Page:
By Acacia Coronado and Gisela Salomon – The Associated Press
Eagle Pass, Texas (AP) – It cost Nerio two months and all he had to get him from Venezuela to the United States, traveling mainly on foot and watching exhausted immigrants being assaulted or left to die.
Likes An increasing number of Venezuelans, Nerio made a dangerous journey that included traveling through the infamous jungle of Panama, Darren Gap, and Mexico, where immigrants often face extortion and threats from government officials, hoping for a better life in the United States.
“We know no one wants us to make it here,” Nerio said last month. Eagle Pass, Texas, A city of 30,000 people, it is at the center of the increase in Venezuelan immigrants to the United States. He requested that his last name not be published, fearing for his safety.
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Last month, Venezuelans overtook Guatemalans and Hondurans to become the second largest nationality stopping at the US border after the Mexicans. Nerio, who traveled with about a dozen others fleeing poverty and violence in Venezuela, was among them.
Venezuelans have been stopped 25,349 times, up 43% from 17,652 times in July and four times from 6,301 encounters in August 2021, Authorities said Monday, This indicates a remarkably abrupt demographic shift.
An estimated 6.8 million Venezuelans have fled their country since the economy collapsed in 2014, mostly to countries in Latin America and the Caribbean. But the relative strength of the US economy since the COVID-19 pandemic has prompted Venezuelan immigrants to head north. US policies and strained relations with the Venezuelan government also make it extremely difficult to bring them home.
Word spread in Venezuela as more family members and neighbors arrived in Texas and were released with notices to appear in immigration court or in Humanitarian parole.
“We hope that in a few years the problems in Venezuela will be resolved so that we can go back to our homeland, but until then we have to be immigrants and put up with what this journey will mean for us,” Nerio said.
The effect is reflected in the daily headlines. About 50 immigrants flew Florida Governor Ron DeSantis to the affluent island of Massachusetts. Martha’s Vineyard Last week were Venezuelans, as were five of the six men found by US authorities drowned in the Rio Grande Near Eagle Pass in early September.
Jose, who asked that his name only be used by his middle name out of fear for his safety, was on one of two DeSantis flights. He walked for nearly three months before crossing the Rio Grande in an inflatable boat and surrendering to border patrol.
While staying at an immigrant shelter in San Antonio, Jose met a woman who promised at least three months of housing, work, medical care, and free legal aid. She told immigrants they would go to Washington, Chicago, and other immigrant-friendly “sanctuary” cities.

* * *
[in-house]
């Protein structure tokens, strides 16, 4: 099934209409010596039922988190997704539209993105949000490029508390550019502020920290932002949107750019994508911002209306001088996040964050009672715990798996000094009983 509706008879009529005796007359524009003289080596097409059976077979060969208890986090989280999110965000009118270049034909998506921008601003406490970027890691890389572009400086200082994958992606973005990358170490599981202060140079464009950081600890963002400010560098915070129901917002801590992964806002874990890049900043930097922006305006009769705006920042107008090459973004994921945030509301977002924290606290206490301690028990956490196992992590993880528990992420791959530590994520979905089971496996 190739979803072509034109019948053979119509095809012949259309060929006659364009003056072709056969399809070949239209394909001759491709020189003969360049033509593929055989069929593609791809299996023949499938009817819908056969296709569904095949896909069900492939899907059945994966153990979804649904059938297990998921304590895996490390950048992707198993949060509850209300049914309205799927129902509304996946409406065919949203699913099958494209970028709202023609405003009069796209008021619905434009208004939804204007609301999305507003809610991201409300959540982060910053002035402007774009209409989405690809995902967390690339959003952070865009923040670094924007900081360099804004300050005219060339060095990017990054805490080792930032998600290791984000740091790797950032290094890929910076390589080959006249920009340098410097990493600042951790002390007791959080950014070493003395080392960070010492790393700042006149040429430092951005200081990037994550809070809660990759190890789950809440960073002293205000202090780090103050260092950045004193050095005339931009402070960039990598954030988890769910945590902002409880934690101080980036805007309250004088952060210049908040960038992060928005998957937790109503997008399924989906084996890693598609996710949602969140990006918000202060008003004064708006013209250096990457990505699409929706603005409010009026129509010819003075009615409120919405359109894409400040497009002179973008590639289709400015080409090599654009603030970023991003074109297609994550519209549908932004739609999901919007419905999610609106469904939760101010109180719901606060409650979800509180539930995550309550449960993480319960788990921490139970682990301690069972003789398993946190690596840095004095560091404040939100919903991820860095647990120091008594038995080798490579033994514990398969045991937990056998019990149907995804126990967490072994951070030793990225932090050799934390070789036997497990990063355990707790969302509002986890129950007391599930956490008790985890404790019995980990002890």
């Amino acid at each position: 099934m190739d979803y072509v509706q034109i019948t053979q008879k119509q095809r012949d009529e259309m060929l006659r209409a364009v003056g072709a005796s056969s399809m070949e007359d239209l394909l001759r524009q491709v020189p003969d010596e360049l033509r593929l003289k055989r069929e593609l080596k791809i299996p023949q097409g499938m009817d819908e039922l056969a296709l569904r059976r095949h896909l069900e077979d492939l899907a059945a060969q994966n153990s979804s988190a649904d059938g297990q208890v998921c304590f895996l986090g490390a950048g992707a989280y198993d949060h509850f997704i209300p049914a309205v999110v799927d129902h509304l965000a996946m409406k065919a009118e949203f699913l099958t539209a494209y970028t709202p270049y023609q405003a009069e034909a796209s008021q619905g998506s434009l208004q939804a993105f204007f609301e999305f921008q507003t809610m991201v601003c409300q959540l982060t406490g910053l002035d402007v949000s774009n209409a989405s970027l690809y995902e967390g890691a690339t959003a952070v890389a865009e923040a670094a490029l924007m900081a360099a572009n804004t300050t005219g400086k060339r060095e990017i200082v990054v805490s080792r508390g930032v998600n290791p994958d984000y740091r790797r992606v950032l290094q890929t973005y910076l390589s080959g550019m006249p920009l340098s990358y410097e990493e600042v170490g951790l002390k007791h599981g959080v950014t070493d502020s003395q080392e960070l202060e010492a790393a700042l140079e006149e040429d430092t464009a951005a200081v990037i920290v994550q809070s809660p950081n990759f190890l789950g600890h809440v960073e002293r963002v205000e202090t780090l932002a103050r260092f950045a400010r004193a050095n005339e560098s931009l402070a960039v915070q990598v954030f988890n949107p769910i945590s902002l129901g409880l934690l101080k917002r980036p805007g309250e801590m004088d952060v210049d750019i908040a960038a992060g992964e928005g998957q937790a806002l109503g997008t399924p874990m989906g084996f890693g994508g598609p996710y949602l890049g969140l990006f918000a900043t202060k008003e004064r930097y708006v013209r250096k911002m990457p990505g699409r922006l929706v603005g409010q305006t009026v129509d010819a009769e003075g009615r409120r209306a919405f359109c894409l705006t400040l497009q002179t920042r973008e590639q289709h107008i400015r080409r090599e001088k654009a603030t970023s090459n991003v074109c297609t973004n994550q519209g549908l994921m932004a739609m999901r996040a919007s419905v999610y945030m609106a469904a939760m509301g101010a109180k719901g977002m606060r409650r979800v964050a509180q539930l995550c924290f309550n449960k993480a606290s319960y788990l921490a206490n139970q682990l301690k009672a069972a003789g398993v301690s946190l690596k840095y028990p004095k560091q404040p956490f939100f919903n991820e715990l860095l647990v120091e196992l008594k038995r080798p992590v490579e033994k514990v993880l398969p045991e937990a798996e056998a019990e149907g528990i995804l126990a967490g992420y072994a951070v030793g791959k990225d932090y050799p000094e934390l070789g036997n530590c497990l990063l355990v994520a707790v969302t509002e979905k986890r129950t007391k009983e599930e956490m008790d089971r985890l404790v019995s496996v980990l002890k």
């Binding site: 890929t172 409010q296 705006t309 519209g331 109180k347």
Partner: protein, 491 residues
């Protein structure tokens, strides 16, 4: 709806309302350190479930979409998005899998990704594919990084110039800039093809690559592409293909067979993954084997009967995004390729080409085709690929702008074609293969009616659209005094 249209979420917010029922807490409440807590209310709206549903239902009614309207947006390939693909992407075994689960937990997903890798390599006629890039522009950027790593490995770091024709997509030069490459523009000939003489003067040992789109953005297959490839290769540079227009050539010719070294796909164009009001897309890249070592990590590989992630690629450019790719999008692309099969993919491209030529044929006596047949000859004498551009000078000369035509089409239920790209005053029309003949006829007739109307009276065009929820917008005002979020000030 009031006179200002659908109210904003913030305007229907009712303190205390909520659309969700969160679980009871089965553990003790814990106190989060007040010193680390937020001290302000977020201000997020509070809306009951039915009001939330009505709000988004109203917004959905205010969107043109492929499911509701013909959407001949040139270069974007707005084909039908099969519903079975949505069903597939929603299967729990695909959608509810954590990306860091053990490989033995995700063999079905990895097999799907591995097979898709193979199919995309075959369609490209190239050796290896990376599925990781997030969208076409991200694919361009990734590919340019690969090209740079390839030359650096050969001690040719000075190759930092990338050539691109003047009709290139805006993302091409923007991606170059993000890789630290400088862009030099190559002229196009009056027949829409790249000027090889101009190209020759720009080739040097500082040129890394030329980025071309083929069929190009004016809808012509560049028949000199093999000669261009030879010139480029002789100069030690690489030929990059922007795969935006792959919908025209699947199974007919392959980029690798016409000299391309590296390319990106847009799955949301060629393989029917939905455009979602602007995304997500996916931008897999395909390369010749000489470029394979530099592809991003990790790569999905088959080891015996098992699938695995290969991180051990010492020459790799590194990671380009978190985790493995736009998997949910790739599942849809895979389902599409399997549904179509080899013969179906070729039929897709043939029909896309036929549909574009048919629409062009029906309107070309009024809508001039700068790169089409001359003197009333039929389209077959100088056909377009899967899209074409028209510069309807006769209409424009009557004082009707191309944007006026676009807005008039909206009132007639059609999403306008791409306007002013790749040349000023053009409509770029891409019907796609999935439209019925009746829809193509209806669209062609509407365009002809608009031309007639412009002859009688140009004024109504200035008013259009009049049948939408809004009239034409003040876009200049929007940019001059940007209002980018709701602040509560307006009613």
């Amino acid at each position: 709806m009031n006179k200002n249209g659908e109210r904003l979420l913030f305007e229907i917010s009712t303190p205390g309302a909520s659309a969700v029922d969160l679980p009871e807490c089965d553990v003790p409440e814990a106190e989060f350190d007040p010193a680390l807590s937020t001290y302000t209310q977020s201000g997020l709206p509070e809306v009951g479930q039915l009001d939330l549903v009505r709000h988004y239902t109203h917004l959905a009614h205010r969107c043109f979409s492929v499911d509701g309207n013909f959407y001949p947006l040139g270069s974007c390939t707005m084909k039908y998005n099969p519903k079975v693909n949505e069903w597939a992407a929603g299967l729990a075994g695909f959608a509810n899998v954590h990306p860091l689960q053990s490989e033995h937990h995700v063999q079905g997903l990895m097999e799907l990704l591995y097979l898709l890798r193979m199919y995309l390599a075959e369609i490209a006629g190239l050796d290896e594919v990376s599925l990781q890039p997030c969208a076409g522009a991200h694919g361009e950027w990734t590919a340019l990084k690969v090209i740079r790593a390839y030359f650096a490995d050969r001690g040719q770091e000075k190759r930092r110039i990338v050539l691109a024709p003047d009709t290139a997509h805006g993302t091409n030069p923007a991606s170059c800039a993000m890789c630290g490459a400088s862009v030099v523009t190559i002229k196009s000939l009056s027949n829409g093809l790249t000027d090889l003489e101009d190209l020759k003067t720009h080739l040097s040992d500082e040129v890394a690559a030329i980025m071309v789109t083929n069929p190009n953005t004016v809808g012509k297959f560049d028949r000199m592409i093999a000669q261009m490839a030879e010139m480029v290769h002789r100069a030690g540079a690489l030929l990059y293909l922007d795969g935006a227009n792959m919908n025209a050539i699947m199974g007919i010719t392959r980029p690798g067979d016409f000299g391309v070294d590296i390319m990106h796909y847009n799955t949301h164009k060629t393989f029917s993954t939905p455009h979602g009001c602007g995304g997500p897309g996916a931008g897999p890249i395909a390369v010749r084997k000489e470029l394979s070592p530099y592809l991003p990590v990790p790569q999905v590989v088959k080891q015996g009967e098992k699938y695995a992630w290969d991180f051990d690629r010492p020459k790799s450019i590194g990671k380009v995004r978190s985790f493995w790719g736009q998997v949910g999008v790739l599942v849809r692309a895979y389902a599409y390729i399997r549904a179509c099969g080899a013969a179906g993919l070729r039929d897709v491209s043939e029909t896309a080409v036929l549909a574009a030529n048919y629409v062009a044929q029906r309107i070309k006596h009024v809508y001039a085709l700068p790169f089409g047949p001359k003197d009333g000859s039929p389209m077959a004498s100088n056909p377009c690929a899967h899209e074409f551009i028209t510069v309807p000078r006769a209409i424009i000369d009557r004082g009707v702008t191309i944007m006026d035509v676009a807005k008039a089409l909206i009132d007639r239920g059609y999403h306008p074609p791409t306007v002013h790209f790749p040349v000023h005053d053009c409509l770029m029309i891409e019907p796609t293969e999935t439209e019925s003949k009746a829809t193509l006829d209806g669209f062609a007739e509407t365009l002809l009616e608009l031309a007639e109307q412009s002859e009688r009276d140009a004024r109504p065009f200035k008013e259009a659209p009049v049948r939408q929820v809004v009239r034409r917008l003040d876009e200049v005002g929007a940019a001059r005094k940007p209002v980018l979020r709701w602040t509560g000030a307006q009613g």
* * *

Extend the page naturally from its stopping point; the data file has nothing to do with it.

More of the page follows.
“We imagined she was a very important person, that she had a lot of influence and she could really help us,” said Jose, who needed to arrive in Philadelphia to do the required check-in with immigration authorities at the end of September. “We believe in it. Ignorance of the immigrant.
However, when they reached Martha’s Vineyard, an area known as former President Barack Obama’s summer vacation spot, Jose, 27, said in a phone interview from a military base in Cape Cod: “Nobody was waiting for us, nobody knew who we were.” Massachusetts Republican Governor Charlie Baker moved them on Friday.
A Venezuelan family in Boston provided room and food for Jose, who was earning $20 a month as a garbage collector in Caracas and left his two children with his grandfather and grandmother. He will show ICE his new address and move his appointment with the agency to Boston.
“Now we are free, we can go anywhere we want,” Jose said. “I feel blessed by God.”
Venezuela has one of the highest inflation rates in the world and about three-quarters of the population lives on less than $1.90 a day, an international standard of extreme poverty. The minimum monthly wage, paid in bolivars despite the dollar-driven economy, equates to $15. Many lack clean, running water and electricity.
The pandemic has made jobs across Latin America and the Caribbean even scarcer, and made the United States more attractive as a place to live. At the same time, the strained US relationship with the government of Venezuela makes it so very difficult To expel Venezuelan immigrants under the Pandemic Act known as Title 42, which US officials invoke to deny people the opportunity to seek asylum on the grounds of preventing the spread of COVID-19.
Mexico, under pressure from the Biden administration, presented Air travel restrictions To curb the emigration of Venezuelans to the United States, but then many of them turned to the dangerous road trip.
Cuba and Nicaragua have also sent more immigrants to the United States in the past year. Overall, migrants were stopped 203,597 times at the border in August, or 2.15 million times since October, surpassing 2 million people for the first time in the government’s fiscal year.
Asked about immigration on Tuesday, Biden said, “What I see now is Venezuela, Cuba and Nicaragua. The ability to send them back to those countries is not rational.”
Venezuelan President Nicolas Maduro responded by saying that the United States was “trying to politically exploit the suffering of a group of Venezuelan residents who, in the face of sanctions and economic war, made a personal decision to migrate to other places.”
“North American imperialism tried to destroy and collapse our country and today Joe Biden appears attacking Venezuela, Cuba and Nicaragua,” Maduro said during an event reported by state media.
Salomon reported from Miami. Associated Press writers Regina Garcia Cano in Caracas, Venezuela, and Seung Min Kim in Washington, DC.
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